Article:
Walter Sickert and his audacious paintings will be in the spotlight in Paris for an unprecedented exhibition at the Petit Palais.
Enigmatic and destabilizing subjects
The Petit Palais presents, for the first time in France, a major retrospective dedicated to the English painter Walter Sickert (1860-1942) designed in partnership with Tate Britain. This resolutely modern artist, with enigmatic and often destabilizing subjects, is rarely present in French collections. However, Sickert weaves artistic and friendly ties with many French artists and imports to England a way of painting very influenced by his stays in Paris. This exhibition is an opportunity to (re)discover this singular artist who had a decisive impact on English figurative painting, especially on Lucian Freud. Very provocative, in the context of a relatively corseted English academic art, Walter Sickert painted subjects then considered too audacious such as music hall scenes or, later, de-eroticized nudes, presented in a prosaic way in poor interiors. of Camden Town.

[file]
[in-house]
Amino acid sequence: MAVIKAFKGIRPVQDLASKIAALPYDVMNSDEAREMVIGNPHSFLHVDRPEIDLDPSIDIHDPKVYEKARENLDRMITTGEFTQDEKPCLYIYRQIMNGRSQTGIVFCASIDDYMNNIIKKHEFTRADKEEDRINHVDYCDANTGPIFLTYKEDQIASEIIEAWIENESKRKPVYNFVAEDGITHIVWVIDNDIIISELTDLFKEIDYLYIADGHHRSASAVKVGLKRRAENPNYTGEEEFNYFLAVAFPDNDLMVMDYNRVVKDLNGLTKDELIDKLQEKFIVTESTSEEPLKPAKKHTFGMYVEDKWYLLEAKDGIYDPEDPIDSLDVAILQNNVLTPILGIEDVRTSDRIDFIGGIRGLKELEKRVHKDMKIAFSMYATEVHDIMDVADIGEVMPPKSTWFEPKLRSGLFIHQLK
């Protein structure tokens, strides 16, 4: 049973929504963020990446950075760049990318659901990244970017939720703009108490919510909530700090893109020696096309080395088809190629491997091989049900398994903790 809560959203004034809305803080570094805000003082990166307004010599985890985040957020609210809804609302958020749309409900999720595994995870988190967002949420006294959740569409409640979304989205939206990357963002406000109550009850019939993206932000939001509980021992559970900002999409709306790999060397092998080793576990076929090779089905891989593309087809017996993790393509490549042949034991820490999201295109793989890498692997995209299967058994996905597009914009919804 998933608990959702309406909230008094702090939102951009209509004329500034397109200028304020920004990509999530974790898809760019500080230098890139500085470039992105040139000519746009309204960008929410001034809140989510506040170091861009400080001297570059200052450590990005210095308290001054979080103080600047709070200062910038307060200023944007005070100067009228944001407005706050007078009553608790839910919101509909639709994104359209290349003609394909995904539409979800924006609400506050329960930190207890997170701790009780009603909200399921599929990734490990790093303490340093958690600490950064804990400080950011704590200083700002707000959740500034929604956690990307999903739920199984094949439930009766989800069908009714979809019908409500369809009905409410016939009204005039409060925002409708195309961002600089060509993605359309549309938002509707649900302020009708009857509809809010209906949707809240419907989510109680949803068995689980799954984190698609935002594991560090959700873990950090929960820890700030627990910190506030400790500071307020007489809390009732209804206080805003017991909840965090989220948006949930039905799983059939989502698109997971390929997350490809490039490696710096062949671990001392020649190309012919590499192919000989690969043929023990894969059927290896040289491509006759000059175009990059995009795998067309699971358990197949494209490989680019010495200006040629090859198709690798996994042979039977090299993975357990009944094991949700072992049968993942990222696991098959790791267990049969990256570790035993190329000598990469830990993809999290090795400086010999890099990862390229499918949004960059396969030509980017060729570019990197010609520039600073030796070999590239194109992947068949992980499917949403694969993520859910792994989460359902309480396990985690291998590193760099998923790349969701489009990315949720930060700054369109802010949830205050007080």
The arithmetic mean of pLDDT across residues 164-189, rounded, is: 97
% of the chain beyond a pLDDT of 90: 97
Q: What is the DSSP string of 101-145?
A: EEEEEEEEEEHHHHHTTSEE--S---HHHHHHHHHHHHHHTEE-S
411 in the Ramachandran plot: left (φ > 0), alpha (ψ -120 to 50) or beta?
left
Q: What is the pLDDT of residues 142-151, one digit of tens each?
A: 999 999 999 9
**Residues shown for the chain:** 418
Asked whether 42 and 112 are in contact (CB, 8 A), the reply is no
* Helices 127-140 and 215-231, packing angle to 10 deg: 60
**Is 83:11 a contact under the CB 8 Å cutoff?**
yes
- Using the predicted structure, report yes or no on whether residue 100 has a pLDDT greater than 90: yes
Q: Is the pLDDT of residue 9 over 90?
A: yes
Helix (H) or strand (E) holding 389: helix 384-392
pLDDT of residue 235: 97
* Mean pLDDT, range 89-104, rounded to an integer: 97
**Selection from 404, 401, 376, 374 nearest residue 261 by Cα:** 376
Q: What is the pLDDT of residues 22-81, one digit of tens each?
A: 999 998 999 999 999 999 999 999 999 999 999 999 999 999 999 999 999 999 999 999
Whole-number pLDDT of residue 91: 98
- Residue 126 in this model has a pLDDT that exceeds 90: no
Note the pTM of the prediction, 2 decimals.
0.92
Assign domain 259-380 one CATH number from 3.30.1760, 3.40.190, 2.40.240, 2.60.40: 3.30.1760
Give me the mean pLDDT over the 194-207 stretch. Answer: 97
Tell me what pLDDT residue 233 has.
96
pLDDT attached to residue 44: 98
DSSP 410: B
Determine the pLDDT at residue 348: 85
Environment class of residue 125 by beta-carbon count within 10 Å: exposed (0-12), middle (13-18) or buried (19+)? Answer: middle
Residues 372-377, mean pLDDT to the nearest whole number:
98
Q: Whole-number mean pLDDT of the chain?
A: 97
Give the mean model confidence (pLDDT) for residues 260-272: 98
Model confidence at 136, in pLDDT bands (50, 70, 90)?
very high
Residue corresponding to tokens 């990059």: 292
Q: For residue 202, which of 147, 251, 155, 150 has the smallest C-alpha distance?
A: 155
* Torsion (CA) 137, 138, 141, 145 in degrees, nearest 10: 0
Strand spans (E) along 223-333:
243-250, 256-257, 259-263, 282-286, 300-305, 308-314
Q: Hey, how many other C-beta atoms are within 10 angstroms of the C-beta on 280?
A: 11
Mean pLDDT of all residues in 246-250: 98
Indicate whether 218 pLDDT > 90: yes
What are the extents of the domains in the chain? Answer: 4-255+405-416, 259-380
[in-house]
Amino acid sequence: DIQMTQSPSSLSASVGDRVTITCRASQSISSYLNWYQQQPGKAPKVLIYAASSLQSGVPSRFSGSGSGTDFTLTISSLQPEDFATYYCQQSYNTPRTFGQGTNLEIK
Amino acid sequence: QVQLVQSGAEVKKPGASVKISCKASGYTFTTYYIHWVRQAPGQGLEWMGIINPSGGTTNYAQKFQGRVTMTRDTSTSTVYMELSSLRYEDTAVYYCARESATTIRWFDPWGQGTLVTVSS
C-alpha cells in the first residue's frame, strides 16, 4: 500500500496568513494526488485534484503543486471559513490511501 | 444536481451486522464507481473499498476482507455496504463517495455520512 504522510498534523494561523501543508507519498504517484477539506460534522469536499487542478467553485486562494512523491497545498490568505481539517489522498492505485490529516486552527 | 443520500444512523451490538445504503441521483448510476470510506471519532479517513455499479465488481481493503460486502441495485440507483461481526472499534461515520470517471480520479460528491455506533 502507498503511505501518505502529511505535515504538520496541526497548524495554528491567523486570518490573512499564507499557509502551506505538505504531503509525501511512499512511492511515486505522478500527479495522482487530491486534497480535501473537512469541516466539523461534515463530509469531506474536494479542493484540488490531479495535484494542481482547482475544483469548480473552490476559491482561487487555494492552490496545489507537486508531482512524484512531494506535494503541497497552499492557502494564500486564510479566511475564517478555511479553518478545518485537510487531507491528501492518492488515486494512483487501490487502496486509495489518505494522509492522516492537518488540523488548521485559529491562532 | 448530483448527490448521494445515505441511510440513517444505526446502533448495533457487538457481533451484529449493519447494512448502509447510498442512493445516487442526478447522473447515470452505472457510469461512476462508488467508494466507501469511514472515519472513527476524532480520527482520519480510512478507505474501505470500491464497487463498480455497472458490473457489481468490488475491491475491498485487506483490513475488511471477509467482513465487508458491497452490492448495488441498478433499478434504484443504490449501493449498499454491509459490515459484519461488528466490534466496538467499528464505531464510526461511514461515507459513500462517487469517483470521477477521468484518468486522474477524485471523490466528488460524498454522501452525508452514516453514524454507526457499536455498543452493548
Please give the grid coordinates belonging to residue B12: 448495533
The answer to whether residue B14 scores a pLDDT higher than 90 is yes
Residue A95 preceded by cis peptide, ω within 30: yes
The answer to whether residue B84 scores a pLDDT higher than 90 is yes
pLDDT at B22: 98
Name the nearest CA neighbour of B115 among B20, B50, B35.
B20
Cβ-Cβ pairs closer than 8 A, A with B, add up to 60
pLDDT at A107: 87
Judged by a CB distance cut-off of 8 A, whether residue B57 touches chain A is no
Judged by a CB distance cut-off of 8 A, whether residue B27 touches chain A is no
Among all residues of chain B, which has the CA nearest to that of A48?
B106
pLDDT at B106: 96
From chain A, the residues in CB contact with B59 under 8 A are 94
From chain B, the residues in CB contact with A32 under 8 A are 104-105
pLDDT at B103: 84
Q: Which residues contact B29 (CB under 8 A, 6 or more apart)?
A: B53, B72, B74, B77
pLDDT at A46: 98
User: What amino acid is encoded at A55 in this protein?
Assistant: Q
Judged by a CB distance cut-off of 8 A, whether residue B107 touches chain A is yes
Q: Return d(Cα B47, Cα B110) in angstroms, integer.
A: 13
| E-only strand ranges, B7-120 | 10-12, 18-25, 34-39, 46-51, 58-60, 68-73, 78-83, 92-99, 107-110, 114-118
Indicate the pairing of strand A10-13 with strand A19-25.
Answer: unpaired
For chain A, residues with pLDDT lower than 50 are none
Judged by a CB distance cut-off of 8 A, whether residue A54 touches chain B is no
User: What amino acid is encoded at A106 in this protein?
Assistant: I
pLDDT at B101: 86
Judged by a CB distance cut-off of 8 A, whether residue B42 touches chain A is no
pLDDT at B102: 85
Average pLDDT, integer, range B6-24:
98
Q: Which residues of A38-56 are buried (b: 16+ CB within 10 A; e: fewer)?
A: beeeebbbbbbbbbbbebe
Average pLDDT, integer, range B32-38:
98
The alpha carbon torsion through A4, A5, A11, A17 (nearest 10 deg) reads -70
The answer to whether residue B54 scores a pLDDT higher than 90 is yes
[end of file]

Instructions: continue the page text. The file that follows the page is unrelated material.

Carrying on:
« modern conversation pieces »
His virtuoso and strange color choices, inherited from his apprenticeship with Whistler, as well as his disconcerting framing struck his contemporaries. From 1890, he traveled more and more regularly to Paris and Dieppe until settling from 1898 to 1905 in the seaside resort of which he painted many views. He was then very influenced by the French artistic scene and became close to Edgar Degas, Jacques-Émile Blanche, Pierre Bonnard, Claude Monet and Camille Pissarro. Back in London in 1905, he began his series of « modern conversation pieces » which diverted the classic and traditional genre scenes of English painting into ambiguous, threatening and even sordid paintings, the most famous example of which is that of the series of » Camden Town Murders”. At the end of his career, during the interwar period, Sickert innovated by diverting and transposing press images into painting, a process largely taken up from the 1950s by artists such as Andy Warhol.
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